Reliability can also be demonstrated by examining whether a behavioral phenomenon is observed repeatedly within individuals. In terms of individual differences in Fl schedule performance, whether a certain response pattern persists or not must be answered. In those studies arranging a simple Fl schedule in humans, Weiner's (1962) Experiment 2 provides data from the most sustained exposure (15.5 hours). He found a high-rate pattern for one male adult and a moderate steady-rate pattern for another subject under an Fl 60-s schedule. In contrast, extended exposure to an experimental condition arguably reduces the effects of extra-experimental variables that result in inter-individual variability (e.g., Baron & Perone, 1998; Bernstein, 1988). Thus, whether such patterns continue after more extended exposure to such schedules is controversial.

The present study examined individual differences in Fl performance in normal adult humans using a relatively large number of subjects and observations. Thirty-two undergraduates were exposed to an Fl 60-s schedule. Beyond the point where a given stability criterion was met, 4 subjects randomly selected from those 32 subjects were exposed to the schedule for a total of 60 sessions (over 20 hours).

The present study also examined relations between Fl performance and other aspects of individual behavior. Van den Broek, Bradshaw, and Szabadi (1987) found a correlation between performance under a temporal schedule and impulsiveness. In their experiment, adult humans classified as impulsive according to the Matching Familiar Figures Test (MFFT Kagan, 1966) responded at higher rates under a differential-reinforcement-of-low-rate (DRL) schedule than those classified as nonimpulsive. As an extension of van den Broek et al., the present study assessed the possible relation between Fl performance and impulsiveness measured by the MFFT.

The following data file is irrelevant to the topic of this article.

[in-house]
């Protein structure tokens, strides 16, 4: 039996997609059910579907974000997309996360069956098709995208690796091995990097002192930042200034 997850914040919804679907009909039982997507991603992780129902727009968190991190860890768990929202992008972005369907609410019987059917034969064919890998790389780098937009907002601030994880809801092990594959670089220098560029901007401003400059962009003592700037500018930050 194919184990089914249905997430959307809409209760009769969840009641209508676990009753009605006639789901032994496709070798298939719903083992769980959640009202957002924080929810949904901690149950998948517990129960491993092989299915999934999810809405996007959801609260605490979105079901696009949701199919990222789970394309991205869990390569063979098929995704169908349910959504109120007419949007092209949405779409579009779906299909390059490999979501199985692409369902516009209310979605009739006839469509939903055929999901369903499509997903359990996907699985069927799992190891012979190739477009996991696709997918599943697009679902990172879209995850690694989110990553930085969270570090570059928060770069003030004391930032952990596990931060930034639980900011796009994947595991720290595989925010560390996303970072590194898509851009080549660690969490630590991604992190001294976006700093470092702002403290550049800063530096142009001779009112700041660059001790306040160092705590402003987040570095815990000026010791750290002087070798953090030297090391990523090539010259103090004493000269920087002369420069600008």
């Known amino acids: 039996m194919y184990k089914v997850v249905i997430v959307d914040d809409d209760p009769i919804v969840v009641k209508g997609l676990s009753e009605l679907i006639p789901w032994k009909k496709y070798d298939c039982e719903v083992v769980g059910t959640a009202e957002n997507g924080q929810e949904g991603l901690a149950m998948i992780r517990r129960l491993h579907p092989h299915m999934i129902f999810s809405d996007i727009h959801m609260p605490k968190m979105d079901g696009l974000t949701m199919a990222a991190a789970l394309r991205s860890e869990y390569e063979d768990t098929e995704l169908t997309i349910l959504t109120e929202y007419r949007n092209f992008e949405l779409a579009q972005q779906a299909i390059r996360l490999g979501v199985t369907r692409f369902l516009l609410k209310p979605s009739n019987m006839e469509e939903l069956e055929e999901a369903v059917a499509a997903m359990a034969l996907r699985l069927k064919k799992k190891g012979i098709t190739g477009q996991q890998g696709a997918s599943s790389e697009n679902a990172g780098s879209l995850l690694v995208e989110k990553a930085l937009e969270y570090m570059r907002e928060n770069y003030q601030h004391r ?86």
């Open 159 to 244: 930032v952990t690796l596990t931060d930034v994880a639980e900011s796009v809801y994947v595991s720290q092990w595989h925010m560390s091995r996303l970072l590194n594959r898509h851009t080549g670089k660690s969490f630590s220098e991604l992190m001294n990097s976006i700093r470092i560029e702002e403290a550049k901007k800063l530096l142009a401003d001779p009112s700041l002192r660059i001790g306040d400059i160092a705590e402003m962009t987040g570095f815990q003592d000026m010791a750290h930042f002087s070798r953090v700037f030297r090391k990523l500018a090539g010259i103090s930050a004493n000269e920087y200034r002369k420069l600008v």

Subjects were 9 male and 23 female undergraduates recruited from an introductory psychology class at Osaka Kyoiku University. They were 19-25 years old. None had experience with operant conditioning, experiments. All subjects received course credit for their participation.


The experimental room was 1.70 m wide, 2.20 m deep, and 2.17 m high. A Nihon Electric Company PC-9821AP microcomputer, located in an adjacent room, was used to control the experiment. The subjects sat facing a 25-cm wide by 18-cm high color display monitor equipped with a Micro Touch Systems touch screen on a desk. A 5.5-cm-diameter white circle was presented in the middle left of the display monitor and each touch on the circle (operandum) was defined as a response. Points (reinforcers) accumulated in the session were presented on the top right of the monitor. Responses and reinforcers were accompanied, respectively, by low and high tones through a speaker beneath the desk. All interevent times were recorded with 50-ms resolution, in real time for within-session data analysis.


Subjects 29, 30, 31, and 32, who were selected randomly from all 32 subjects, were asked and agreed to remain in the experiment for a maximum of 15 90-mm experimental periods. The other 28 subjects were informed to remain in the experiment for a maximum of three experimental periods. A 90-mm experimental period was conducted once per day, two times per week. During this 90-mm period, four sessions occurred. Sessions were separated by 2-to-3-min breaks during which the experimenter recorded the data. Upon completion of the experiment, subjects were paid for participation (50 yen per hour, approximately 0.56 U.s. dollars) and performance (0.5 yen per 100 points) and debriefed.

On the first day of the experiment, after being escorted into the room, subjects were asked to read the instructions, The instructions were written in Japanese and their English translation was as follows:

Your task is to earn as many points as you can. Points will be shown in the top right of the display monitor. A hundred points are worth 0.5 yen. In addition, you will be paid 50 yen for every hour you spend in the experiment. Total payment will be made at the end of the experiment.